So what can one say about Aldrich, and is there cynicism on view here? Well yes and no. If one takes the view that peering beyond the veils of society to get nearer the truth is cynicism, then perhaps Aldrich can be said to be a cynic. I’m not sure that is the case though; for one thing cynicism suggests a sourness, particularly on a personal level. As I see it, Aldrich wasn’t going down that route. On the contrary, I see a man casting a sidelong glance at society on an institutional level, almost like a more abrasive version of Douglas Sirk. Unlike Sirk’s more sumptuous, glossy presentation of a flawed idyll, Aldrich’s visual approach is starker and more direct with Charles Lang’s noir-shaded cinematography and the canted angles and mise-en-scène emphasizing the narrow range of options open to his trapped and tormented characters.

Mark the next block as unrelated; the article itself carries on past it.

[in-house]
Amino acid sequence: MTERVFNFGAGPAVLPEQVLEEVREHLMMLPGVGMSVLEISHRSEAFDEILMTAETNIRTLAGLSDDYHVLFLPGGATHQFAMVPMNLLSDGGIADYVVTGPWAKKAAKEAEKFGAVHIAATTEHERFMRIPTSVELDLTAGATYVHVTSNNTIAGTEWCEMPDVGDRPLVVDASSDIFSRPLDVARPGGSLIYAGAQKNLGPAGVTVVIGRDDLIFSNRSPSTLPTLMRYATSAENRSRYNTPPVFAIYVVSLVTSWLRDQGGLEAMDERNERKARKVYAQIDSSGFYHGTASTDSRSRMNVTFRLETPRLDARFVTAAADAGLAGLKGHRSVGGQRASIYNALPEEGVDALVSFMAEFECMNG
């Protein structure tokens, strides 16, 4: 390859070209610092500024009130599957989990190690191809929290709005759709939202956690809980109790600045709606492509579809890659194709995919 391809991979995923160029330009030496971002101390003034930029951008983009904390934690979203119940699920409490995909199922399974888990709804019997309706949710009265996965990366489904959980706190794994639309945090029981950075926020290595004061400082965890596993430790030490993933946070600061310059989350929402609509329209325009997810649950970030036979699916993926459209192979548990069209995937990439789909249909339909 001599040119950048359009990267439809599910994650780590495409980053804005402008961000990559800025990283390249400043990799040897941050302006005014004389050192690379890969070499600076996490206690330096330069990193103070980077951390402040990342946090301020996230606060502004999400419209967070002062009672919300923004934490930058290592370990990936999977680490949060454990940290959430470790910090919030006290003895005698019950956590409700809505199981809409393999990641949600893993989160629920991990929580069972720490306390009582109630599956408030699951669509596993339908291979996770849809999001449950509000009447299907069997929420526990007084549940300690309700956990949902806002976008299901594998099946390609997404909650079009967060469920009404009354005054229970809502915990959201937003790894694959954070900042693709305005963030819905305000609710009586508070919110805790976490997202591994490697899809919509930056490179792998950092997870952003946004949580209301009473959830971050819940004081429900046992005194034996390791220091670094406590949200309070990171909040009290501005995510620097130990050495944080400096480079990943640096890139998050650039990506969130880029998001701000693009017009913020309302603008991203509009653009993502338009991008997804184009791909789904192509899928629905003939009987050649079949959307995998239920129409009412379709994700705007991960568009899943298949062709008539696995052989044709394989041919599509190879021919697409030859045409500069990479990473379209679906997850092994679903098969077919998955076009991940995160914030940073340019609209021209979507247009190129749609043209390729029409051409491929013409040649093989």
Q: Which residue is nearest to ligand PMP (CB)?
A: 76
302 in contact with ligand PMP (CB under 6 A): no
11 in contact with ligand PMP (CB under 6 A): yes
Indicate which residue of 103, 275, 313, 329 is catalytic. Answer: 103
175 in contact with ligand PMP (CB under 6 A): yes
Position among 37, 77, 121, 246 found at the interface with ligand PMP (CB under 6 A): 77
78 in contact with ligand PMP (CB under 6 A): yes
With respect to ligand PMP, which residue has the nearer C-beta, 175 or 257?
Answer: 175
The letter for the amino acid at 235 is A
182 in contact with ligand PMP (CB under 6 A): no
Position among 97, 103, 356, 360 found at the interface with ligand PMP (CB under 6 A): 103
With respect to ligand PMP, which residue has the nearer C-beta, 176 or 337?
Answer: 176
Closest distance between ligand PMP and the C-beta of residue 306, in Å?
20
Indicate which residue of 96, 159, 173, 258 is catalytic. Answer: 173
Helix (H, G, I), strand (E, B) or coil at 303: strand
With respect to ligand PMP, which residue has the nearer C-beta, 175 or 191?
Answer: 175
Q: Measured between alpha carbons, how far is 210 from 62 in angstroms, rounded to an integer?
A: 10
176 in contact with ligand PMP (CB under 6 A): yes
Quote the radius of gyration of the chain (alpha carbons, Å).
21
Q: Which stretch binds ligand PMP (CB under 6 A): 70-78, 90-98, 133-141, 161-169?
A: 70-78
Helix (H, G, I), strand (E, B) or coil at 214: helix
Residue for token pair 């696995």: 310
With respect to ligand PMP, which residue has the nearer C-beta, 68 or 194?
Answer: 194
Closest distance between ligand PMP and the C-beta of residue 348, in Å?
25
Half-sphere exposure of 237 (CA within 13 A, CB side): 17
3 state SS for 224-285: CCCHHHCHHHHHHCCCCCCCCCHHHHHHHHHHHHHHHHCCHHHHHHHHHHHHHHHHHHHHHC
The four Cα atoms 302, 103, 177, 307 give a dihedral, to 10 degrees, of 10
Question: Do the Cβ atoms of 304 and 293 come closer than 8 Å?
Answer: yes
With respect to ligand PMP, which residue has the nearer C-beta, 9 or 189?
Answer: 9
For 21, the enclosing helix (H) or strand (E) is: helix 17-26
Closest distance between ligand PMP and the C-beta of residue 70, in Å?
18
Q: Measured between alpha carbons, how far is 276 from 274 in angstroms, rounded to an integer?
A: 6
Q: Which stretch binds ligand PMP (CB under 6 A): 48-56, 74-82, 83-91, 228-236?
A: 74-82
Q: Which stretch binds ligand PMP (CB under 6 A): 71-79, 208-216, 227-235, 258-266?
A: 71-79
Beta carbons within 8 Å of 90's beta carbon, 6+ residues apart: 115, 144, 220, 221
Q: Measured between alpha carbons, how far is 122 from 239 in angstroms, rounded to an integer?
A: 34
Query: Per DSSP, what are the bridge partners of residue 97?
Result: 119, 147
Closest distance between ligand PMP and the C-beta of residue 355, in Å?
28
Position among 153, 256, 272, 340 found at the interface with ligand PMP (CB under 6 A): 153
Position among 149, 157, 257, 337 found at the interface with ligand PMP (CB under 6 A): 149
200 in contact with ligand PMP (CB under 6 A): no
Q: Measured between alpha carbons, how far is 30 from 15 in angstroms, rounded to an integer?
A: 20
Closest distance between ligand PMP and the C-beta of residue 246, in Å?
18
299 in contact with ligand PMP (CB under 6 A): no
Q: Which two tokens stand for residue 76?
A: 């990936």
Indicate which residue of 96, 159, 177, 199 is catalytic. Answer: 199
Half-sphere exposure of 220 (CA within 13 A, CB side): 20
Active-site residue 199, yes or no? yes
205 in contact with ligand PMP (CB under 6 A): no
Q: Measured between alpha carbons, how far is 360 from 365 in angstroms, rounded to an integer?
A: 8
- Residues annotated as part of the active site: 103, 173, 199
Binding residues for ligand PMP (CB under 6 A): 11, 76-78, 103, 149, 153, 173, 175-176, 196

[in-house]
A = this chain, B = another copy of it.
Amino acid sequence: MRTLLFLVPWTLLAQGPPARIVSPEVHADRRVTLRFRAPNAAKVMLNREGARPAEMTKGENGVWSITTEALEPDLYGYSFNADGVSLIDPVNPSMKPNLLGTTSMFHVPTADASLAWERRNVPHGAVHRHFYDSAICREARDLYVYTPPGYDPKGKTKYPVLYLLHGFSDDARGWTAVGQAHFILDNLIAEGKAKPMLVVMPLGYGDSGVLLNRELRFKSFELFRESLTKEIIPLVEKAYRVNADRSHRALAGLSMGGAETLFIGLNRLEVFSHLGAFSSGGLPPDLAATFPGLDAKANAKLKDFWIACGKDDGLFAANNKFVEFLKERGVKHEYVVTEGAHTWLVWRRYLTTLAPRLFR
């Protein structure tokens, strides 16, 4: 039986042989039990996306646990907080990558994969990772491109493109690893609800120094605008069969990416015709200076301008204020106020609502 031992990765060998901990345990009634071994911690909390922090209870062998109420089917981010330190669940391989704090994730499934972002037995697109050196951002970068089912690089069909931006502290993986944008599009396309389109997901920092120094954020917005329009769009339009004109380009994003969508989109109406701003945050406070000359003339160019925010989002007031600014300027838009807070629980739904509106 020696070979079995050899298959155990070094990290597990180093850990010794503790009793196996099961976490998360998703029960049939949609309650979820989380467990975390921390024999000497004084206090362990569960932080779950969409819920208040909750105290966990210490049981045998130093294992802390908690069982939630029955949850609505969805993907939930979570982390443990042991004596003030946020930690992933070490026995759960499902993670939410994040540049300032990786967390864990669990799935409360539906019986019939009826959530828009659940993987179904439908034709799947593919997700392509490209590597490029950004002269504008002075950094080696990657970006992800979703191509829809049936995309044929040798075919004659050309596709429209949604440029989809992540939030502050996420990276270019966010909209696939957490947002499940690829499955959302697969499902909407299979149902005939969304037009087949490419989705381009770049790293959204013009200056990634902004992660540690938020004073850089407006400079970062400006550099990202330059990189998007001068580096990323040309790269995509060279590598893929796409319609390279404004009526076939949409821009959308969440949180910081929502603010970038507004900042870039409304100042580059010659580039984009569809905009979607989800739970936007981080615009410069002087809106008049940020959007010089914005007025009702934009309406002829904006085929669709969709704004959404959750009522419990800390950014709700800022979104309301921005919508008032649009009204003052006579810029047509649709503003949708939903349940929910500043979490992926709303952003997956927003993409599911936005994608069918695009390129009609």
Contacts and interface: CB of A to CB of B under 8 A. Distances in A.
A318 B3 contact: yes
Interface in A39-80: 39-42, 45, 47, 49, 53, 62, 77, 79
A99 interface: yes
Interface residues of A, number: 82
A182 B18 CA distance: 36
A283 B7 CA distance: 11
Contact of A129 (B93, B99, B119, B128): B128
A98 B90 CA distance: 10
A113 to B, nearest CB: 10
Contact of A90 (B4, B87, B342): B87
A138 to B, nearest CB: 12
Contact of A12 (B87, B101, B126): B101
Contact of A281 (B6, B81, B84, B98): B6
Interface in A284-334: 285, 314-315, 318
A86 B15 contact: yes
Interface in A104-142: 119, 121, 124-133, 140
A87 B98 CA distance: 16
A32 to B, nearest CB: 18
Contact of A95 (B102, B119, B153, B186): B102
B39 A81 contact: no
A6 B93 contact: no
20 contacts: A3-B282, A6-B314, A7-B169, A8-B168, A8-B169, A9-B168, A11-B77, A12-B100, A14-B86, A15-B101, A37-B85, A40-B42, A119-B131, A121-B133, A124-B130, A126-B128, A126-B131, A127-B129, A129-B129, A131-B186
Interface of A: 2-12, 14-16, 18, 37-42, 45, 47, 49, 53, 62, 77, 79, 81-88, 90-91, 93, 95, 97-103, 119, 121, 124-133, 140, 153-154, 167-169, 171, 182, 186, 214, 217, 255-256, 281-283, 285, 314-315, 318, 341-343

Joan Crawford’s career on screen could be separated into distinct eras, with Autumn Leaves coming close to the end of a very successful run starting with Mildred Pierce. Her role as Millie Wetherby is a strong one and a good fit for her at this stage in her life and career. There’s an open acknowledgement of all the little (and not so little) insecurities that come with ageing. There are, as expected, a number of “big” moments but it’s actually some of the smaller, more intimate instances that stick in my mind, that early scene in the restaurant for example, or some of the exchanges with Ruth Donnelly. Cliff Robertson landed a plum part as the deeply disturbed Burt and his handling of the character’s slow disintegration is well done, with vague hints dropped from early on and casual lies imparted before their enormity is finally revealed.